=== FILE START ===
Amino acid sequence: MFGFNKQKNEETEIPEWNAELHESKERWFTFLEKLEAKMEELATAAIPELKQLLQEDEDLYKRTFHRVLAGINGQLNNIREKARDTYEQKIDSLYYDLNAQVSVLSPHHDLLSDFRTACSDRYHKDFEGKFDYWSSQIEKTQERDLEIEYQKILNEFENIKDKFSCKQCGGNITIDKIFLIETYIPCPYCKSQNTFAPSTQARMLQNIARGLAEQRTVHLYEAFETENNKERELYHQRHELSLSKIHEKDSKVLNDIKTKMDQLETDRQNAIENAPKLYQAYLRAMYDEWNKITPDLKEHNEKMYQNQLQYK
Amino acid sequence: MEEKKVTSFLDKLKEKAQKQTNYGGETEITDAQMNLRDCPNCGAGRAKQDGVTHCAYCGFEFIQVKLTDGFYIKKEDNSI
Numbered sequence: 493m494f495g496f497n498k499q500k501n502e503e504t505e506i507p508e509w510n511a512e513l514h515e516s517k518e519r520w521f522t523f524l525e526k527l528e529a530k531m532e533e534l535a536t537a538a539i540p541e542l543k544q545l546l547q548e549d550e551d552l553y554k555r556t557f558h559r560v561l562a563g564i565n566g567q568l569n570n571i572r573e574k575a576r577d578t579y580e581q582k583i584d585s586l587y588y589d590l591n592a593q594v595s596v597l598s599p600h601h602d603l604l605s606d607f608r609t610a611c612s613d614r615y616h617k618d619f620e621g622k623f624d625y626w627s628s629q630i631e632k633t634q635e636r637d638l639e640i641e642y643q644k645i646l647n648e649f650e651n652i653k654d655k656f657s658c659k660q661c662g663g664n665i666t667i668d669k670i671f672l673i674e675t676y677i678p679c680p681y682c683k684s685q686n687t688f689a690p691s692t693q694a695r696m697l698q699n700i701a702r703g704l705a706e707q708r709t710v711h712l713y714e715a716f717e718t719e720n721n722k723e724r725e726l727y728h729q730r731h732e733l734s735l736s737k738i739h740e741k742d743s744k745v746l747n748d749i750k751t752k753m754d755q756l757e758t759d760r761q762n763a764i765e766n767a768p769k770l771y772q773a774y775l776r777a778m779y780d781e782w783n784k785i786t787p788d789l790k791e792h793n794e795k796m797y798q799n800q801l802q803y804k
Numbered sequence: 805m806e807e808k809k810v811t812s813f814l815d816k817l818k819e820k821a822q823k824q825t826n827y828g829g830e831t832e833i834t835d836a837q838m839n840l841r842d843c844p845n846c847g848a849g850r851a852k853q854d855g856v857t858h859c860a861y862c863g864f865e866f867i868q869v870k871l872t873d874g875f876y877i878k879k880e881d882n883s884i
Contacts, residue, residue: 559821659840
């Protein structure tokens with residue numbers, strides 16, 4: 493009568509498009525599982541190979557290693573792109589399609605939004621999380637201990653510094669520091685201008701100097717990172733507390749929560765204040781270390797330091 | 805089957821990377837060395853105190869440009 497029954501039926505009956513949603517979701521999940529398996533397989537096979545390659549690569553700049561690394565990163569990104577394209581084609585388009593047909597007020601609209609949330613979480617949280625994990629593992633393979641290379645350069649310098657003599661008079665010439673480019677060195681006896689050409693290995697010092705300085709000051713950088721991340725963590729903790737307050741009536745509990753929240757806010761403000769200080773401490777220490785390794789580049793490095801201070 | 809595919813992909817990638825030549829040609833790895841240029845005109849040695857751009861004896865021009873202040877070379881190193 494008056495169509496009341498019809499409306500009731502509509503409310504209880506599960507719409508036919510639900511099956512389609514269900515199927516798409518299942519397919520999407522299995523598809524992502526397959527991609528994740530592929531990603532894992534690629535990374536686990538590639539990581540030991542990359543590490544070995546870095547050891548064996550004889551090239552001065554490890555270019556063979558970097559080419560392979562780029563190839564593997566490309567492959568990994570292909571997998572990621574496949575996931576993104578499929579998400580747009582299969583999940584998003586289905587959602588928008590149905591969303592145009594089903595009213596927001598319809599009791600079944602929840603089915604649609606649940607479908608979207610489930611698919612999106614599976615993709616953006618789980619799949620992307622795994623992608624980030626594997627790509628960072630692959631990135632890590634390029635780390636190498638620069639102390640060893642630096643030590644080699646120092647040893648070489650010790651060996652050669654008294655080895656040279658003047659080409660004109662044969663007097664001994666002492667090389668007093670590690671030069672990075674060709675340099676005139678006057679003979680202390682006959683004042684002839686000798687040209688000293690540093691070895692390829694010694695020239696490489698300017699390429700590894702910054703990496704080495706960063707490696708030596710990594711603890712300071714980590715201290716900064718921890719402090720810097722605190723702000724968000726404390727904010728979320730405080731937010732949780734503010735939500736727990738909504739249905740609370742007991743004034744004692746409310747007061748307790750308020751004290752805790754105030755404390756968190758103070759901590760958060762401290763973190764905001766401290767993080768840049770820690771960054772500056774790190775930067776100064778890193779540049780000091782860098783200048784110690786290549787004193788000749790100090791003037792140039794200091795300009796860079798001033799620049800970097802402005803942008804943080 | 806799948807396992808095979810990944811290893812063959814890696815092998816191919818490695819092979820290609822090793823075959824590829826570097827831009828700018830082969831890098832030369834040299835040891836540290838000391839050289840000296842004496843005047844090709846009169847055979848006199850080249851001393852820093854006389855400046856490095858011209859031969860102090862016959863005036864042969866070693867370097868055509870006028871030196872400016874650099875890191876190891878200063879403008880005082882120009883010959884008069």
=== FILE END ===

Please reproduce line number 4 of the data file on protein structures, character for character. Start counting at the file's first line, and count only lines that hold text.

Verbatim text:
Numbered sequence: 805m806e807e808k809k810v811t812s813f814l815d816k817l818k819e820k821a822q823k824q825t826n827y828g829g830e831t832e833i834t835d836a837q838m839n840l841r842d843c844p845n846c847g848a849g850r851a852k853q854d855g856v857t858h859c860a861y862c863g864f865e866f867i868q869v870k871l872t873d874g875f876y877i878k879k880e881d882n883s884i